Encoding header field for internet messages (RFC1154)
Original Publication Date: 1990-Apr-01
Included in the Prior Art Database: 2000-Sep-12
Internet Society Requests For Comment (RFCs)
D. Robinson: AUTHOR [+2]
RFC 822  defines an electronic mail message to consist of two parts, the message header and the message body, separated by an apparently blank line.
Network Working Group D. Robinson
Request for Comments: 1154 R. Ullmann
Prime Computer, Inc.
Encoding Header Field for Internet Messages
1. Status of the Memo
This RFC proposes an elective experimental Encoding header field to
permit the mailing of multi-part, multi-structured messages.
The use of Encoding updates RFC 1049 (Content-Type), and is a
suggested update to RFCs 1113, 1114, and 1115 (Privacy Enhancement)
Distribution of this memo is unlimited.
RFC 822  defines an electronic mail message to consist of two
parts, the message header and the message body, separated by an
apparently blank line.
The Encoding header field permits the message body itself to be
further broken up into parts, each part also separated from the next
by an apparently blank line.
Thus, conceptually, a message has a header part, followed by one or
more body parts, all separated by blank lines.
Each body part has an encoding type. The default (no Encoding field
in the header) is a message body of one part of type "text".
3. The Encoding Field
The Encoding field consists of one or more subfields, separated by
commas. Each subfield corresponds to a part of the message, in the
order of that part's appearance. A subfield consists of a line
count, a keyword defining the encoding, and optional information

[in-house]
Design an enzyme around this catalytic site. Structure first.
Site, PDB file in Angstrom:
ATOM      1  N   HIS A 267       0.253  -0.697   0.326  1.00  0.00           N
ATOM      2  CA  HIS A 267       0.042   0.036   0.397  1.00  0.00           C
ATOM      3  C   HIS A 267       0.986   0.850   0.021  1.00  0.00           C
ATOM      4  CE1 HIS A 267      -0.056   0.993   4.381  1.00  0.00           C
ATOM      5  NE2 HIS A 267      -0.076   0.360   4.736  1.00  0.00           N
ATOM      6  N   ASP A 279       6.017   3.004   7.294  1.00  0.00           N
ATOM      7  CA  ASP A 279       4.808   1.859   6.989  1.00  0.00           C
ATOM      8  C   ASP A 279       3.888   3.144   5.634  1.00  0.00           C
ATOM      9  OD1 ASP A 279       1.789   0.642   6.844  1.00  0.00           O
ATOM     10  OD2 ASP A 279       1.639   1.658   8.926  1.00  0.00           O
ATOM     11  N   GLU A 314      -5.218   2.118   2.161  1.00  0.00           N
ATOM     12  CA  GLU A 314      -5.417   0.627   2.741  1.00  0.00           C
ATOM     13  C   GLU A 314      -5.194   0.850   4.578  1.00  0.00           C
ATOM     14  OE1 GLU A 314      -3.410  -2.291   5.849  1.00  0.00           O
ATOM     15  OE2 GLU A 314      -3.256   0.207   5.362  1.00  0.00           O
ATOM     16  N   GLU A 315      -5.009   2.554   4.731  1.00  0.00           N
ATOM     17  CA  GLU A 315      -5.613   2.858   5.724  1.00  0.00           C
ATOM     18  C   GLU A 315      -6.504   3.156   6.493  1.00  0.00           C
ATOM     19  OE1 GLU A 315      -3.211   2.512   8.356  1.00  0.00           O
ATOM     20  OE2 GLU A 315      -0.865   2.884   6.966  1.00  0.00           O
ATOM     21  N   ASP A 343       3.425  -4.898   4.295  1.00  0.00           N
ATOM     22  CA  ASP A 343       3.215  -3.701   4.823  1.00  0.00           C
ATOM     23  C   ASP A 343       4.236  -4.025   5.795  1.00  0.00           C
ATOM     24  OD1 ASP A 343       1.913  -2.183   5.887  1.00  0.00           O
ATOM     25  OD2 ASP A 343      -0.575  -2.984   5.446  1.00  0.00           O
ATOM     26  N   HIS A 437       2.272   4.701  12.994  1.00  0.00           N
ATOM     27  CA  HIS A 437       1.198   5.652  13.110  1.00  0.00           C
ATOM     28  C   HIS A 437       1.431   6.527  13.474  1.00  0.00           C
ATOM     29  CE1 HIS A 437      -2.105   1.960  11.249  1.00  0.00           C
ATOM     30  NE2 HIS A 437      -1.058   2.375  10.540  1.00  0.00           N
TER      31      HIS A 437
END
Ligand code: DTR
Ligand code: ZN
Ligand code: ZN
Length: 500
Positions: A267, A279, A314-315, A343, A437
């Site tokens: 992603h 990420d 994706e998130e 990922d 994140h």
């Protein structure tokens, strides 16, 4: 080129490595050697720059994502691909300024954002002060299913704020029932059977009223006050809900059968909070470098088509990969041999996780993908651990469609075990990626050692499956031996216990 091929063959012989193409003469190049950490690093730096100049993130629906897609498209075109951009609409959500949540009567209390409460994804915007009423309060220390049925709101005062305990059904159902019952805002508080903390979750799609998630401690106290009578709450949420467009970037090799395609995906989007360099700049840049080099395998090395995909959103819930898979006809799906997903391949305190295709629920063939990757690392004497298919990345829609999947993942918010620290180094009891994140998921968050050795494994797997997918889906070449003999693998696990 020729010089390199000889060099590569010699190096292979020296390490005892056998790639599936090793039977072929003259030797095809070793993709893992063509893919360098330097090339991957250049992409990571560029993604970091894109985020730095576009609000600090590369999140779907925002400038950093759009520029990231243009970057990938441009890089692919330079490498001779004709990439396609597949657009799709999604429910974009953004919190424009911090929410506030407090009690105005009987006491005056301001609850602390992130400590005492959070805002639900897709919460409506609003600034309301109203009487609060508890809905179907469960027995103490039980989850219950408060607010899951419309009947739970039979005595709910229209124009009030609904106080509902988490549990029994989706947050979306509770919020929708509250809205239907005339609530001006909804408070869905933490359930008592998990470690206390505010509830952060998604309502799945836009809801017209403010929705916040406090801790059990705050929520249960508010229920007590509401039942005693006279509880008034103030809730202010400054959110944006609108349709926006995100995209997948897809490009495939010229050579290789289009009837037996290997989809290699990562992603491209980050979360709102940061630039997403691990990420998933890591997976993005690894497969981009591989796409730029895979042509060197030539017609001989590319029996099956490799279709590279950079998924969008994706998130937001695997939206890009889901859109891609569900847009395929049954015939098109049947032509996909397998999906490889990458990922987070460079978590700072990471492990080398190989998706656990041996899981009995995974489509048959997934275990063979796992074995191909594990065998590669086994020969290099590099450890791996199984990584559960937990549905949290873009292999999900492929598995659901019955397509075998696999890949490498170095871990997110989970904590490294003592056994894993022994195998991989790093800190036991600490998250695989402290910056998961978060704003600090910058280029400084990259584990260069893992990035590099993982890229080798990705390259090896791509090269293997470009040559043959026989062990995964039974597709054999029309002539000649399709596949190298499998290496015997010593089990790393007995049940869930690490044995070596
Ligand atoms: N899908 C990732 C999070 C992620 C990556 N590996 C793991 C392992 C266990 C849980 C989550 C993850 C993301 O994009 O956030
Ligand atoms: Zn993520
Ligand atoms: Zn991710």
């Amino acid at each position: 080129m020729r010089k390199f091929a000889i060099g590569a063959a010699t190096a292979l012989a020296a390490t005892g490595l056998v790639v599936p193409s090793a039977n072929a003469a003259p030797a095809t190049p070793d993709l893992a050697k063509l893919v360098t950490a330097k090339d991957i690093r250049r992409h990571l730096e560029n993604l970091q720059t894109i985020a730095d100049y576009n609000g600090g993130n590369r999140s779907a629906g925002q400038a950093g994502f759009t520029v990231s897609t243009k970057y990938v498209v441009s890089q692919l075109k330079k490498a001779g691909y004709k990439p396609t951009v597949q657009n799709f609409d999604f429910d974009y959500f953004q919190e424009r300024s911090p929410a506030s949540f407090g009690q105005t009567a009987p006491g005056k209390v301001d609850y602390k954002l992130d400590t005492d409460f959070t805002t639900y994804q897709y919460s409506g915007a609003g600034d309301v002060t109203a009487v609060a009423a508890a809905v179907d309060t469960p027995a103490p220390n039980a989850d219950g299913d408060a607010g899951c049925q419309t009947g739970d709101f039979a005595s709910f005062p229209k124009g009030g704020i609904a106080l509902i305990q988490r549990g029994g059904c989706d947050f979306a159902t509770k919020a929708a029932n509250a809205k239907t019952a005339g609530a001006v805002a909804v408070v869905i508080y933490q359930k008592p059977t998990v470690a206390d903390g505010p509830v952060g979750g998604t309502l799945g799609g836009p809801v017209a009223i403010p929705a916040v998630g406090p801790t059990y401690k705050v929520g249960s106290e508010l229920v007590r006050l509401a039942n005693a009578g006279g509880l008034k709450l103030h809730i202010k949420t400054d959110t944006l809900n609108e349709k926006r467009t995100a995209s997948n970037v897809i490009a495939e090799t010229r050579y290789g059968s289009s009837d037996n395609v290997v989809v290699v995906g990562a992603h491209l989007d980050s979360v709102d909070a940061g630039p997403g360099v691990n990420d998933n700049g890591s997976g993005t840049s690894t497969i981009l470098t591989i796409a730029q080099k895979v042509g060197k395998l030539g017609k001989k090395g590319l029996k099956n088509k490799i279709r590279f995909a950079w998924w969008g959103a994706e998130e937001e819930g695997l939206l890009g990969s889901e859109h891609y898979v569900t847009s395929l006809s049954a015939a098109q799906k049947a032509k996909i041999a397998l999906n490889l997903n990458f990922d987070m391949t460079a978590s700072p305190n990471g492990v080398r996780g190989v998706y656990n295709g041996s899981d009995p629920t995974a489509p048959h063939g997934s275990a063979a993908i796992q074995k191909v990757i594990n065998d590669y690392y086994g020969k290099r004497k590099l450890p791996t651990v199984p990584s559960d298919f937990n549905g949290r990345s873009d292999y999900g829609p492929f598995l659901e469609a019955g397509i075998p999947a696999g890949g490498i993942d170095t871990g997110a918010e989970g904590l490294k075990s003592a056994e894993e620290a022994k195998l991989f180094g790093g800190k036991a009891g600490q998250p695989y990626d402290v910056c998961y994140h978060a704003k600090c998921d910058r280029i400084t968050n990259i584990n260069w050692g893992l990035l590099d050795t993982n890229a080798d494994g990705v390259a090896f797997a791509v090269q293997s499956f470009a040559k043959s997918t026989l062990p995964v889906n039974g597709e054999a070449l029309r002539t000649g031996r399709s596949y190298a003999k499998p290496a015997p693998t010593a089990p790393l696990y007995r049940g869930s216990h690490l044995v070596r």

relevant only to the specific encoding. The line count is optional
in the last subfield.
3.1. Format of the Encoding Field
The format of the Encoding field is:
The line count is a decimal number specifying the number of text
lines in the part. Parts are separated by a blank line, which is not
included in the count of either the proceeding or following part.
Because a count always begins with a digit and a keywords always
begins with an letter, it is always possible to determine if the
count is present. (The count is first because it is the only
information of interest when skipping over the part.)
The count is not required on the last or only part.
The keyword defines the encoding type. The keyword is a common
single word name for the encoding type. The keywords are not case-
The list of standard keywords is intended to be the same as the list
used for the Content-Type: header described in . This RFC
proposes additions to the list. Implementations can then treat
"Content-Type" as an alias of "Encoding", which will always have only
one body part.
The optional information...